The waitress brought out my waffle sundae, and without thinking, I said, “Do you mind if I ask why?” The answer was none of my business, but after a while of not having anyone share too much of their life with you, the curiosity comes back pretty quickly. She took her hand and ran it through her short grey hair, took a sip of Coke, and looked at the hockey game again before saying, “Sometimes, life is complicated for us in ways not everybody gets.” She turned back toward me and smiled.
"OUR LOVE IS SO MUCH MORE IMPORTANT THAN SOMEONE ELSE’S TRADITIONS."
I understood where she was coming from, but it was equally frustrating. Living away from Tennessee where I grew up, I’ve come to expect immediacy. If you don’t accept people, then screw you. So I asked her, “Doesn’t that bother you?” Susan put her hands in either side of her hoodie pocket and leaned back a little bit, saying, “Sometimes, it’s a process. And for us, this works. Sometimes traditions are only important because we make them important. But our love is so much more important than someone else’s traditions.”
Susan explained that while her partner stays home with their rescue dogs, she goes to Maine and does her thing with her family—how these days are so important to her mom, and it’s the one time of year they get time together. She explained, “Why do these days that matter so much to everyone else have to define our relationship?” So I told her about my boyfriend and my family and the day before, and she said, “We don’t let someone else’s traditions dictate our love. If they can’t handle that, fine. We won’t share it with them.”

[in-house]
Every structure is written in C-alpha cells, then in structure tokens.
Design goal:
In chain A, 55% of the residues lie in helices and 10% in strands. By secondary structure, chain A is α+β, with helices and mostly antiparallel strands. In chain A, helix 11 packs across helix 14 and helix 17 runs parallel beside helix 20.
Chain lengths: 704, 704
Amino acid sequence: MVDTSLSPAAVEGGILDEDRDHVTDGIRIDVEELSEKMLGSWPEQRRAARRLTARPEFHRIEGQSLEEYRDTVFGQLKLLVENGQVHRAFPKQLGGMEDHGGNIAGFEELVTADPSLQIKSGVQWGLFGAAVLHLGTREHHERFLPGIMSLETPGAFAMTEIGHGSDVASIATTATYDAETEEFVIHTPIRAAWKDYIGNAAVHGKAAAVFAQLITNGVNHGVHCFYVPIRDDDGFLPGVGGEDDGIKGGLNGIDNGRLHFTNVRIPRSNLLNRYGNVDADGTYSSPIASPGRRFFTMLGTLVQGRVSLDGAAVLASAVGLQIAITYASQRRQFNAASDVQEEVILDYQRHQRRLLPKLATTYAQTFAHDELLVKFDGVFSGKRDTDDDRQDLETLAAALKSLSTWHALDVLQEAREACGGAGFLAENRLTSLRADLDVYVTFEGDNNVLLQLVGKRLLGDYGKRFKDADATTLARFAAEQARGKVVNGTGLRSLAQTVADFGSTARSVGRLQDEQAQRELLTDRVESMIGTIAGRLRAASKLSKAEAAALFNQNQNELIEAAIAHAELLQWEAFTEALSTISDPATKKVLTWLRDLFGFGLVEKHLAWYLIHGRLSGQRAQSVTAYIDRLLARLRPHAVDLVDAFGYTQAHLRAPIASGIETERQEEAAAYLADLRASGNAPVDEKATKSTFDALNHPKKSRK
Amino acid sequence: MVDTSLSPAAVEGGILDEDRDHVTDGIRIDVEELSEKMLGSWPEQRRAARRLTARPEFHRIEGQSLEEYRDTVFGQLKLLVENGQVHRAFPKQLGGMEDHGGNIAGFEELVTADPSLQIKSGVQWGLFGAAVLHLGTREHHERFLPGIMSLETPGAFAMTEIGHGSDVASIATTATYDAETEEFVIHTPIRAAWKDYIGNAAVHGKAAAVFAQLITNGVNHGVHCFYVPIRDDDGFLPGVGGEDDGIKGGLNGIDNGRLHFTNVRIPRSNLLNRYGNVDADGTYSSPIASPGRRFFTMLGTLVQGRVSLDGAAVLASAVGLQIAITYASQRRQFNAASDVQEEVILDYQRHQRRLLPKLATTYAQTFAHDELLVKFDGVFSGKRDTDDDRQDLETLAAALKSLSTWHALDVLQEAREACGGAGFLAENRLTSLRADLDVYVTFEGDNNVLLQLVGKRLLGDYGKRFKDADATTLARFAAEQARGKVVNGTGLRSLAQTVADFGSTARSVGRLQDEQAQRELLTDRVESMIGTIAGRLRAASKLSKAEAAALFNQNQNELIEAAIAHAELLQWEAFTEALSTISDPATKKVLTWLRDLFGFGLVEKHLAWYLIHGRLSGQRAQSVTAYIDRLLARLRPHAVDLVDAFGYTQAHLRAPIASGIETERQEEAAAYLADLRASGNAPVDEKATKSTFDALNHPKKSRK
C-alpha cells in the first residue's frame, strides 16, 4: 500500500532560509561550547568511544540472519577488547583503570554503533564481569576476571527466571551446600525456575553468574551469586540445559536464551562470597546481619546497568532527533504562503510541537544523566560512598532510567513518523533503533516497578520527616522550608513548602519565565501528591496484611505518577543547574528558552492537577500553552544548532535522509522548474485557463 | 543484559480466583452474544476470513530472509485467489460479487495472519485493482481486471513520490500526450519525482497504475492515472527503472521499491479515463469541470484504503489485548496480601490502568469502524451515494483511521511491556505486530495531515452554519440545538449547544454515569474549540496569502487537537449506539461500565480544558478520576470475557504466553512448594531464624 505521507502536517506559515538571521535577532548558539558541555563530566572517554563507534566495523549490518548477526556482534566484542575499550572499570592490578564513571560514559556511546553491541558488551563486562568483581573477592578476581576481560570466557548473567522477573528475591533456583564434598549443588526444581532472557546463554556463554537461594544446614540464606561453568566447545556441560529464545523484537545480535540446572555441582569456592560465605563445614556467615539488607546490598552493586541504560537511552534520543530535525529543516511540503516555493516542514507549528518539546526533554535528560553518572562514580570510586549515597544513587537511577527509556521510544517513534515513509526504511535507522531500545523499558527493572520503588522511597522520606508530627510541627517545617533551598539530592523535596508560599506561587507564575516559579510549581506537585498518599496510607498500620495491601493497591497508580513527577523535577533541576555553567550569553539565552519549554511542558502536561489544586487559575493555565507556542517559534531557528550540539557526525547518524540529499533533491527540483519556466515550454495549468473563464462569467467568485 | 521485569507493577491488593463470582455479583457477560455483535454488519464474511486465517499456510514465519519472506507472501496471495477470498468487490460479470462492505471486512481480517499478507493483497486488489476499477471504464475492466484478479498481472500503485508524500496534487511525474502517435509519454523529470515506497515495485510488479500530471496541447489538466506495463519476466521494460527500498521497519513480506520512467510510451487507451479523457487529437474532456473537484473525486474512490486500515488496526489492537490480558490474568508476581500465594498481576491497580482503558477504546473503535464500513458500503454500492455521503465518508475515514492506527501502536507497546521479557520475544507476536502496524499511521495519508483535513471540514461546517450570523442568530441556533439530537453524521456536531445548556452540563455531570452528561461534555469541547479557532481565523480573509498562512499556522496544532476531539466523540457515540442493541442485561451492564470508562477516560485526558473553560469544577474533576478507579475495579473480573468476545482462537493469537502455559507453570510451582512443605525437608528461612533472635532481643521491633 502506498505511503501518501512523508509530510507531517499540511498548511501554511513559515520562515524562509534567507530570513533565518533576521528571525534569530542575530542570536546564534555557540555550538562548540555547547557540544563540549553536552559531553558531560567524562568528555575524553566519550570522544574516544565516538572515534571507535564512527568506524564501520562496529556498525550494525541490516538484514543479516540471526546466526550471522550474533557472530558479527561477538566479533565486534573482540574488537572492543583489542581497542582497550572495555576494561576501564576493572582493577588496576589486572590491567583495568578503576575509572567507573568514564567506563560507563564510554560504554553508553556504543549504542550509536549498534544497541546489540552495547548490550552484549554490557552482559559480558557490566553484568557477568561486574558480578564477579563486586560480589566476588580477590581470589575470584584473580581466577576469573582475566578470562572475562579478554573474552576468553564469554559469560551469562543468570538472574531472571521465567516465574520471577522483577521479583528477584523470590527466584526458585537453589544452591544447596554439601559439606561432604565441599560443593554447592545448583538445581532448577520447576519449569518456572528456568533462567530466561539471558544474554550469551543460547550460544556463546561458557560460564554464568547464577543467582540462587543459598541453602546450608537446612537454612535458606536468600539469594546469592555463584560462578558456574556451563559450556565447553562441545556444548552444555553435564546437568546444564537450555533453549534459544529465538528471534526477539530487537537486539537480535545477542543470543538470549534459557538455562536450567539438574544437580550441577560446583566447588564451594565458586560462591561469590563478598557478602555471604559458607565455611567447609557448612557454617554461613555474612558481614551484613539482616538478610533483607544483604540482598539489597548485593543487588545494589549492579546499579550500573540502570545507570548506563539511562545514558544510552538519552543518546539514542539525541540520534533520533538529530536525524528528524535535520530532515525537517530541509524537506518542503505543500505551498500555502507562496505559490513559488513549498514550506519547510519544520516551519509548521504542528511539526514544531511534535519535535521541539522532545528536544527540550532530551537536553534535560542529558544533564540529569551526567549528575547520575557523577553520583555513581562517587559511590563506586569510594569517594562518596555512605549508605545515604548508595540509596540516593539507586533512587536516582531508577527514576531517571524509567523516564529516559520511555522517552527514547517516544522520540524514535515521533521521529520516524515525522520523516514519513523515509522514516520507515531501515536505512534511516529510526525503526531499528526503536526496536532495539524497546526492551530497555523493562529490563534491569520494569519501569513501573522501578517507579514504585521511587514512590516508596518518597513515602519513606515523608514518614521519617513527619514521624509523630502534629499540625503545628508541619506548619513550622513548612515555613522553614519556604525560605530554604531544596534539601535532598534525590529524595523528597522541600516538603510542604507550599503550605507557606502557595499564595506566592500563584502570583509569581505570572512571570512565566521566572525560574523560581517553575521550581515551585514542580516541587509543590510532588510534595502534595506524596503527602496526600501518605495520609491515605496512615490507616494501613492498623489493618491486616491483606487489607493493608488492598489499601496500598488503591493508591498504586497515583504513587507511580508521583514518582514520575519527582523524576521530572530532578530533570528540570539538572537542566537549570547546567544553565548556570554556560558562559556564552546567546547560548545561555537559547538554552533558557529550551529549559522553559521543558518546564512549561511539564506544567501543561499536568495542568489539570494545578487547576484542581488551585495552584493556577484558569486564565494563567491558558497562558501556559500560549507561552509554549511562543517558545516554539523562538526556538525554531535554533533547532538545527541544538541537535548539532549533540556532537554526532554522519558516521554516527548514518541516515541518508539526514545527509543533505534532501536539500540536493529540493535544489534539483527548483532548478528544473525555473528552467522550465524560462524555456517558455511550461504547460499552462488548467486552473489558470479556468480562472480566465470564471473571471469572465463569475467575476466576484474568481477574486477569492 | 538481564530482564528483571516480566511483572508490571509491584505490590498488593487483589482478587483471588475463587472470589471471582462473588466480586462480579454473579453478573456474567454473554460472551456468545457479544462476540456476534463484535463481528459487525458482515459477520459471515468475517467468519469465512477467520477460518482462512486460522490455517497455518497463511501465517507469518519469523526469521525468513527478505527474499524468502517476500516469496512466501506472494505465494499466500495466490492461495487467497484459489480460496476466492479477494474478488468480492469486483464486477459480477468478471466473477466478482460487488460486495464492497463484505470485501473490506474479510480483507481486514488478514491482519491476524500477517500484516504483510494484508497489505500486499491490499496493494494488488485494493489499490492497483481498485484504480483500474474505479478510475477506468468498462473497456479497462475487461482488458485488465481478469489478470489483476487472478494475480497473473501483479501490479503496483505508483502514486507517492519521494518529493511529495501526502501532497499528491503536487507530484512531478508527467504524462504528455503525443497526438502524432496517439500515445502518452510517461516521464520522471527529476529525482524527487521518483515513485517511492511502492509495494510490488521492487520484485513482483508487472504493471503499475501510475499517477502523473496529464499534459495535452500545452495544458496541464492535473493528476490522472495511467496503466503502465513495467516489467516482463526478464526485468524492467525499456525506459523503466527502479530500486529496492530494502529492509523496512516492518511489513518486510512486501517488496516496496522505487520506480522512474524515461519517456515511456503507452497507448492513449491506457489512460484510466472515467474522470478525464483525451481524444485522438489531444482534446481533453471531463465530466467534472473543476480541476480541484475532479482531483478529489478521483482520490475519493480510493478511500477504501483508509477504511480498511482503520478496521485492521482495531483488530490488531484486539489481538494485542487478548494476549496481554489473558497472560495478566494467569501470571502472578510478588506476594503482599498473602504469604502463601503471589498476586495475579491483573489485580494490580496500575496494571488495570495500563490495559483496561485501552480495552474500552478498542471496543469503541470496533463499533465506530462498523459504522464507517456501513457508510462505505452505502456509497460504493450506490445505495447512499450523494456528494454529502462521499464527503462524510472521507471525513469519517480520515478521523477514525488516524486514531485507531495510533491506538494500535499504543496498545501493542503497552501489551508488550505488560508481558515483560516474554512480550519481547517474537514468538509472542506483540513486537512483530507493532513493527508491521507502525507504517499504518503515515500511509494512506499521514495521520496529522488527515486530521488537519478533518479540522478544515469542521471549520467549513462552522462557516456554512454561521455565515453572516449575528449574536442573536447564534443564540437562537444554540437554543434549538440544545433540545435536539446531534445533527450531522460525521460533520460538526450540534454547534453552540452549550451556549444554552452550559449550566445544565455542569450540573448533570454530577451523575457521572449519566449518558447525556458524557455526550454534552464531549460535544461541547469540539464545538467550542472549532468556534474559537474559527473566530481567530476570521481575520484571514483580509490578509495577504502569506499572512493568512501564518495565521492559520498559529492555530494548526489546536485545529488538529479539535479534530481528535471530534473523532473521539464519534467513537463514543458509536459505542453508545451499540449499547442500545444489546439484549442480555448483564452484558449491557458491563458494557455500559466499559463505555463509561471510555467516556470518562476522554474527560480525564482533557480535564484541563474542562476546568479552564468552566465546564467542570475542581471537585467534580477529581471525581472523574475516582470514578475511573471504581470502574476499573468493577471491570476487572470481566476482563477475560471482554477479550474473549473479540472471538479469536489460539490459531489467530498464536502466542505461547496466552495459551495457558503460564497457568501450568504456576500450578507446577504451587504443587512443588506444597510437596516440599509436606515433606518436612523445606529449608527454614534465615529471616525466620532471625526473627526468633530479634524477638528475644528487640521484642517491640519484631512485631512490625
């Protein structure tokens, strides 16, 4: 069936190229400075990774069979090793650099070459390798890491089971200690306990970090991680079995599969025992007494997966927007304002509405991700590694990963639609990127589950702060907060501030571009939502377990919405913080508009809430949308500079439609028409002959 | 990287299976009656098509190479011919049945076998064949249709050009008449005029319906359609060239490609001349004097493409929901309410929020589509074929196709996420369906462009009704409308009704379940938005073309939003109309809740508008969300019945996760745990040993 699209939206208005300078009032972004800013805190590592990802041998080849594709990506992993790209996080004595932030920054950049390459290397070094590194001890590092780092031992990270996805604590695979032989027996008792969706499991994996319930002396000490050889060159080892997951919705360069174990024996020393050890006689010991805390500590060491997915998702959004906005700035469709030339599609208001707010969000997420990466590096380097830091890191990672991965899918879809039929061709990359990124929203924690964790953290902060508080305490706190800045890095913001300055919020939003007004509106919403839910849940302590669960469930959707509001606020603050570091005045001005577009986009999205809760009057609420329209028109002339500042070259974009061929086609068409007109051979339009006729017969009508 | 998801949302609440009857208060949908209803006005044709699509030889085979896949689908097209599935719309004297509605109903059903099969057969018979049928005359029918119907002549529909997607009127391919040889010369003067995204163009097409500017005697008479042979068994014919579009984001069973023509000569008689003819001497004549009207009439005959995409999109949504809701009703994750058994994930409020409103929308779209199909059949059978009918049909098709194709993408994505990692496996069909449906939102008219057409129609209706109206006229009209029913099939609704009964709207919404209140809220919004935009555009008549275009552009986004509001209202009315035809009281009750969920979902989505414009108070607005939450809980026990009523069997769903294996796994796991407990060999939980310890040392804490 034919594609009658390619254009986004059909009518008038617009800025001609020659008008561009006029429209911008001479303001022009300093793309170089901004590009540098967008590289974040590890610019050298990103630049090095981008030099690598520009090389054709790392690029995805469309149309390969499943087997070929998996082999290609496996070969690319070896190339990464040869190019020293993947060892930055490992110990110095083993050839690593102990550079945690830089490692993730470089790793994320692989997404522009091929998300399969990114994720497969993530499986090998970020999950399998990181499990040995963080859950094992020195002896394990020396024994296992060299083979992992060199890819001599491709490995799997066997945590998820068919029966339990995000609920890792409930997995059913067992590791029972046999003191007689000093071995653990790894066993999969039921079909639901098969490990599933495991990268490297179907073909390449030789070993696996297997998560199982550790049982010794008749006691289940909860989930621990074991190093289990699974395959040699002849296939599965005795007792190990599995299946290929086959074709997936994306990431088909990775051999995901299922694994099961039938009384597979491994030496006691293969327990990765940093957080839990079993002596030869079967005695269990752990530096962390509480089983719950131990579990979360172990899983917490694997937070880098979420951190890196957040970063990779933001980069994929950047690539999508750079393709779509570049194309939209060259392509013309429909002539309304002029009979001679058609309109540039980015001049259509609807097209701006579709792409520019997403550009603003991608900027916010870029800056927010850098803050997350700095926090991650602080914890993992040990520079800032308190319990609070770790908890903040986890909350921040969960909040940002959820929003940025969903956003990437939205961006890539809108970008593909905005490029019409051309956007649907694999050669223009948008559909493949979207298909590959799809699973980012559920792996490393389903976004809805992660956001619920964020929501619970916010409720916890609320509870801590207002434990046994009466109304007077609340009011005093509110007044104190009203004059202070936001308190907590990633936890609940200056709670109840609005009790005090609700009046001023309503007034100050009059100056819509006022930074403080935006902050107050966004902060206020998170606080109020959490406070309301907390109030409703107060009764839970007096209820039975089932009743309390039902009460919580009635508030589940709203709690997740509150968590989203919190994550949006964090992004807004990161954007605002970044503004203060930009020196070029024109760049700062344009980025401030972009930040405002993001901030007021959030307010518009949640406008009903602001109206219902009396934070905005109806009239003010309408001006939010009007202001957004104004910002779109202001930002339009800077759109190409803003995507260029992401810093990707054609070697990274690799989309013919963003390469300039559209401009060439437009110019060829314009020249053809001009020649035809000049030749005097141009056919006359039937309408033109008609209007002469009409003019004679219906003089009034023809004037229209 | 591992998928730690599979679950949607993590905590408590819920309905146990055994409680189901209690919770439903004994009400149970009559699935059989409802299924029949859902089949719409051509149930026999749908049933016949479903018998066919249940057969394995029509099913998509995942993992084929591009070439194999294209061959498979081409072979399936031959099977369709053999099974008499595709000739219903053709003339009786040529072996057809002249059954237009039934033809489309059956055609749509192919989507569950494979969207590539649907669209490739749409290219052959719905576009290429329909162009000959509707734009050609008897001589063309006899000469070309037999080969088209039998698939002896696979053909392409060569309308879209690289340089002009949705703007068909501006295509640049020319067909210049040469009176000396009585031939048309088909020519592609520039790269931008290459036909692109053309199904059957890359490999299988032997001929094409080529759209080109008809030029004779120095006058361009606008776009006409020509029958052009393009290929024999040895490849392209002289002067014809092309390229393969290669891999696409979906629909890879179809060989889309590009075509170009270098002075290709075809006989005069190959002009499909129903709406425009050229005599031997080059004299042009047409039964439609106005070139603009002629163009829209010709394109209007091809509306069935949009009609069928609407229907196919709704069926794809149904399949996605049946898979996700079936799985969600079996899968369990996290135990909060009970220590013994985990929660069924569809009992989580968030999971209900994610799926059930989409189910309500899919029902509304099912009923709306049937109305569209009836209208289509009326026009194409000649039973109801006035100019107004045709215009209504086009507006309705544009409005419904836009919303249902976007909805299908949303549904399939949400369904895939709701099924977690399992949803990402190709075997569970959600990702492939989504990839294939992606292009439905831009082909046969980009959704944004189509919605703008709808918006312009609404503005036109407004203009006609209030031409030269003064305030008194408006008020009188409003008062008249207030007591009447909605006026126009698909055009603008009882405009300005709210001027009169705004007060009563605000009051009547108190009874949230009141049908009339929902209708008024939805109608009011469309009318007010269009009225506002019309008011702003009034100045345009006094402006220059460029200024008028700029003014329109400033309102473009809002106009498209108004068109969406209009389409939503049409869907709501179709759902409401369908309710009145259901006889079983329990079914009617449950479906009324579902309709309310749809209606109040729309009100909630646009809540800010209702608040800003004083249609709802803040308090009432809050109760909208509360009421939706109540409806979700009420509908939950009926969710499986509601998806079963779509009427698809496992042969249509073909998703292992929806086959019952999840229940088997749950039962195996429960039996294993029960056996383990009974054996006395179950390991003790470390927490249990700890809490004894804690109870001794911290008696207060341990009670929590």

It was the difference between an idea and an ideal. Of course the ideal is always perfect. Everyone should be able to go home with the person they love and eat turkey and mashed potatoes. There shouldn’t be any stipulations on that, and I do like to believe we’re getting closer to that ideal every day. But maybe the bigger notion is that those ideals are the one-size-fit-all plans forced upon each of us.
"IT WAS THE DIFFERENCE BETWEEN AN IDEA AND AN IDEAL."
With a quarter of my waffle left, I noticed that there was about five minutes before I was supposed to board. Before I left the restaurant, she asked, “Do you mind if I give you a hug?” And she reached around the table and gave me a real, genuine hug from one stranger to another before whispering, “If this weren’t such a bad match up, your boyfriend might have something to worry about.” And finally, after two days of travel, I crossed over to gate 35X again, and I went home alone.
Source: Esquire US